I understand that $\Pi$ types are generalizations of functions and can be interpreted similar to $\forall$ in logic. I also know that $\Sigma$ types are generalizations of tuples and can be interpreted similar to $\exists$ in logic. But whereas I find it easy to imagine $\Pi$ type examples by thinking in Haskell, I am having a hard time thinking of good examples of $\Sigma$ types. Is there a particular "canonical" $\Sigma$ type that gives a good indication of how it can be interpreted as existence when the type is thought of as a proof?


$\Sigma$-types in Haskell appear in various places. Because Haskell is not dependently typed, they often reduce to the non-dependent version of $\Sigma$-types, which are just Cartesian products. So whenever you see an ordered pair, or a record, that is a simple case of a $\Sigma$-type.

At the level of a modules there can be dependencies and so we get actual $\Sigma$-types. For instance, a module which defines a type $T$ and then a value $f$ of type $T \to T$ has the kind $\Sigma_{T : \mathrm{Type}} (T \to T)$. (The module should hide the definition of $T$ in order for this to actually be the case.) Observe that this is a "large" dependent sum because it ranges over "all Haskell types $T$" so I refer to it as a "kind". In fact, the theory of modules is based on the observation that hiding bits of a program behind a layer of abstraction is precisely the same as forming a dependent sum.

Haskell has existential types. These are like depenent sums of the kind I mentioned above. Namely, an existential type

data Calf = forall t . Bull t => Cow(t)

is just a confusing way of writing $$\mathtt{Calf} = \textstyle \sum_{t : \mathtt{Bull}} Cow(t).$$ Strangely, the "forall" keywords indicates the fact that there exists a type $t$ of class $\mathtt{Bull}$ such that $F(t)$. Perhaps some Haskellites can explain the logic behind the notation to me.

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    $\begingroup$ There is no deep logic behind the notation, other than it being a forall in a negative position: $(\forall t. \mathrm{Bull}(t) \Rightarrow \mathrm{Cow}(t)) \equiv \mathrm{Calf}$ $\endgroup$ – cody Sep 1 '13 at 23:49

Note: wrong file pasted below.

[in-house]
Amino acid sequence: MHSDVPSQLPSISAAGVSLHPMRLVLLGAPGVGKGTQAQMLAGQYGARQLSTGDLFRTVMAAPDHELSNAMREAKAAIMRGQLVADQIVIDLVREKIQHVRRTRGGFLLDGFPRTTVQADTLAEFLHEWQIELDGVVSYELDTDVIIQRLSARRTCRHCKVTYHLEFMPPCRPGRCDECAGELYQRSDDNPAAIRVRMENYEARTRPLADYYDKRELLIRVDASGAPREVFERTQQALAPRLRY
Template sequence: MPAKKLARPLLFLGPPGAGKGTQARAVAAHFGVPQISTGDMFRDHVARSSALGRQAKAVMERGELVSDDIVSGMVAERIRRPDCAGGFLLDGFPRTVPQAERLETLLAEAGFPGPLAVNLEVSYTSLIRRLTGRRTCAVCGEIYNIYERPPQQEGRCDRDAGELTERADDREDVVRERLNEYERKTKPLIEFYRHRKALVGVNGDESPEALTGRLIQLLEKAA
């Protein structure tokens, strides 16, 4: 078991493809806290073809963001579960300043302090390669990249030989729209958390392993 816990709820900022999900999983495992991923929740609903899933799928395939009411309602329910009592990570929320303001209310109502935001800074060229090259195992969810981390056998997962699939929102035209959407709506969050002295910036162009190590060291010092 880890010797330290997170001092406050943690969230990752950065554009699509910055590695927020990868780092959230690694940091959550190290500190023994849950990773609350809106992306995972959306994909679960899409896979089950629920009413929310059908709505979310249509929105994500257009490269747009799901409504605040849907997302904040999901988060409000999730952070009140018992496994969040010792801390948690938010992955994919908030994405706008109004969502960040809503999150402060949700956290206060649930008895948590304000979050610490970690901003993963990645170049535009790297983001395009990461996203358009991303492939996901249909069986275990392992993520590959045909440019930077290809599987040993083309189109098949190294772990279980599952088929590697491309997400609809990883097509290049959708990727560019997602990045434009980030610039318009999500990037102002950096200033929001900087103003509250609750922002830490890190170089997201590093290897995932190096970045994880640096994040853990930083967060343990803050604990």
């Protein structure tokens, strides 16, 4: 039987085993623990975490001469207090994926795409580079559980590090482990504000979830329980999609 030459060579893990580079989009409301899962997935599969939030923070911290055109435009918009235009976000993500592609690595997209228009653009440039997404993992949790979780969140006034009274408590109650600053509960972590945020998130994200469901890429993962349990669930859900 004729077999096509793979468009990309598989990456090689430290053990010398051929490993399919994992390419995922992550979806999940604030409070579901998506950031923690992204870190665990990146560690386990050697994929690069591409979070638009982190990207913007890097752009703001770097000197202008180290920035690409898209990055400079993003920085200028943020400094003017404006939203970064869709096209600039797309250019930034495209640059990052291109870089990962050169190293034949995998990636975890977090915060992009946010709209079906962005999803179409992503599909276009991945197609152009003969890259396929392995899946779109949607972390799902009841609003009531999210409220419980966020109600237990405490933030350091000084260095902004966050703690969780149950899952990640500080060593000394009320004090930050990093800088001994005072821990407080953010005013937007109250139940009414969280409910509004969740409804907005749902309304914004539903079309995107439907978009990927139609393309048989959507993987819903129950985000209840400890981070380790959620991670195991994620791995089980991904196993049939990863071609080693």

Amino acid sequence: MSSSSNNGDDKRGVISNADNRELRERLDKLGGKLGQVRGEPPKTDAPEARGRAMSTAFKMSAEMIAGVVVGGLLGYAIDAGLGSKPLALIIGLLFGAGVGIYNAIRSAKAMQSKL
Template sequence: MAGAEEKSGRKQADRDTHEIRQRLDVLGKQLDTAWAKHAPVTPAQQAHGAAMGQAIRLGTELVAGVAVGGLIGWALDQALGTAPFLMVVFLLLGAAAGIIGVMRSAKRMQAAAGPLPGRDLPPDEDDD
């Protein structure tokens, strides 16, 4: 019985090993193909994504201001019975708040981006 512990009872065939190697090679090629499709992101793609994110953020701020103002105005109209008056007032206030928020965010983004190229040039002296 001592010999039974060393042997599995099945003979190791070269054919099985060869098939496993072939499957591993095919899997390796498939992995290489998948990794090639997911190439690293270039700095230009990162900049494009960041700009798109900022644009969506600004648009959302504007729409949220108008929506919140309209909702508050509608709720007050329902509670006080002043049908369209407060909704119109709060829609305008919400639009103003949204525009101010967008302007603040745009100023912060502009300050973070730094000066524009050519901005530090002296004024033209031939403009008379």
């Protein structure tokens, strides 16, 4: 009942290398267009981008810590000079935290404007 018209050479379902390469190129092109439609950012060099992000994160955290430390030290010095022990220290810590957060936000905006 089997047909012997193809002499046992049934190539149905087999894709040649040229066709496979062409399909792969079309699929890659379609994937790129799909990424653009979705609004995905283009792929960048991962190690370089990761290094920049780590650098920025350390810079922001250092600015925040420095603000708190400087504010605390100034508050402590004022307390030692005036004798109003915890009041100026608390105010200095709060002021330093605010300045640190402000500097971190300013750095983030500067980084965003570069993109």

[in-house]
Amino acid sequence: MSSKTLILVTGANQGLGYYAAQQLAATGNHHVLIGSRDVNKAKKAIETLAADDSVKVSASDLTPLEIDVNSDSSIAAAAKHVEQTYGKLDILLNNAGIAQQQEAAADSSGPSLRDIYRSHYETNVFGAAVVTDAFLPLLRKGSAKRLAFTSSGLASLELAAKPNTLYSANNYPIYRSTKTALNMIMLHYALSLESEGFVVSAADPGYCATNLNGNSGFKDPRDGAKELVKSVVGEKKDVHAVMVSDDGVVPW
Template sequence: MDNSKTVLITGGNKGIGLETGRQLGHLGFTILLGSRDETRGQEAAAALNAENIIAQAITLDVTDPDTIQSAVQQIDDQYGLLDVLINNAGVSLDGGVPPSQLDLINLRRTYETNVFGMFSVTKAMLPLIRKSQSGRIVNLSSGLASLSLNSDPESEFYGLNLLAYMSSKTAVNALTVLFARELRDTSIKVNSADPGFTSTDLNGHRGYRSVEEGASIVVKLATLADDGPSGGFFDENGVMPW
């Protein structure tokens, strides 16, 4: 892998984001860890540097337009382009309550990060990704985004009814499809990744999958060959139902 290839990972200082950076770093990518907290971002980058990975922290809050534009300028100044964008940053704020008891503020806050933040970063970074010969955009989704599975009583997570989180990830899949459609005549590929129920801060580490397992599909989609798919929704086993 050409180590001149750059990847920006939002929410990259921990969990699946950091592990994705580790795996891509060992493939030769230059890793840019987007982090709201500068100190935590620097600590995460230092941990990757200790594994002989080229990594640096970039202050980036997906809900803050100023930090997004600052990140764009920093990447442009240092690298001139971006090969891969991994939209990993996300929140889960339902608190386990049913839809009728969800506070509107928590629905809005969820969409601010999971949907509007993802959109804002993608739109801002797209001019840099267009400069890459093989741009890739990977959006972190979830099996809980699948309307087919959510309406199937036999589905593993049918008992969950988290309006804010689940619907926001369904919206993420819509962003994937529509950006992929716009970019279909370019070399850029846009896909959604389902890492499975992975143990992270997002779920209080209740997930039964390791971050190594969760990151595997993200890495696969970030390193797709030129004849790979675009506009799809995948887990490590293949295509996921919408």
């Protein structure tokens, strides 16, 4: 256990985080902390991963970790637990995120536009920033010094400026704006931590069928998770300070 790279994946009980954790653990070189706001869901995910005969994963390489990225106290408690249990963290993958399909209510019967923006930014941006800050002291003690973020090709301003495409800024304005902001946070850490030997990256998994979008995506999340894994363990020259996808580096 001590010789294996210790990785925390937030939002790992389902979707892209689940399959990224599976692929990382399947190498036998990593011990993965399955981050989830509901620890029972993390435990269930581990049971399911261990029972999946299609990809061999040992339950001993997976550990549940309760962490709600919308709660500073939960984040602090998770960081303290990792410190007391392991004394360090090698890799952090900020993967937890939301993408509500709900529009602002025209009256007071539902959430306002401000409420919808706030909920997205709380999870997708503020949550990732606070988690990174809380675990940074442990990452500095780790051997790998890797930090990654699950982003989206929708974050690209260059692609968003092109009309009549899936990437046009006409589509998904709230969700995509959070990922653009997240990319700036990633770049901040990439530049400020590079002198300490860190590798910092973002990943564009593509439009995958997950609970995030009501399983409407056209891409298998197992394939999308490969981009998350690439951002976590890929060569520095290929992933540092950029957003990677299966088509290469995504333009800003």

• $\begingroup$ Sorry, but the only equivalence like that I am aware of is that $(\exists t . \phi(t)) \Rightarrow \psi$ is equivalent to $\forall t . (\phi(t) \Rightarrow \psi)$. Notice how $\psi$ does not depend on $t$. Are you talking about something else? $\endgroup$ – Andrej Bauer Sep 2 '13 at 5:14
  • $\begingroup$ Well no, but in this case $\psi$ is $\mathrm{Calf}$ and not $\mathrm{Cow(t)}$. The type is $\forall t. \mathrm{Bull}(t) \Rightarrow \mathrm{Cow}(t)\Rightarrow \mathrm{Calf}$ which is equivalent to $(\exists t. \mathrm{Bull}(t)\wedge\mathrm{Cow}(t))\Rightarrow \mathrm{Calf}$. Sorry for the confusion. $\endgroup$ – cody Sep 3 '13 at 3:04
  • $\begingroup$ I don't think this is quite true. The existential in haskell is not exactly a $\Sigma$. A sigma is the dependent version of the connective $\&$ (pronounced ``with") which is negative, while the haskell existential is more like a dependent (except we erase types, so the first argument disappears) version of $\otimes$ and is positive. We can't express sigma (even when the first argument is a type) in Haskell, because the projections are not typeable without dependent types. On the other hand, ML modules are real sigmas (but at the cost of no longer being first class). $\endgroup$ – Philip JF Nov 28 '13 at 1:26

Well, how about the proof that every number is zero or has a predecessor? It turns into a function which takes as input an integer, and as output returns either a proof that it is zero, or the predecessor, and a proof that it is indeed the predecessor.

In Coq:

Fixpoint pred (n : nat): {n = 0} + {exists m, S m = n} :=
match n with
| 0 => left (eq_refl 0)
| S m => right (ex_intro _ m (eq_refl (S m)))

Eval compute in (pred 12).
> right (ex_intro (fun m : nat => S m = 12) 11 eq_refl)

In Coq, $\{\_\}+\{\_\}$ is the Either type of Haskell, and exists is just $\Sigma$. You can see that the function matches on the integer, and returns the proof of $0 = 0$ in the first branch, and the pair $(m, p)$ where $p$ is a proof of $m+1 = n$ in the other branch (ex_intro is just a special pair constructor for exists. The predecessor of 12 is correctly computed to be 11 in the following call.

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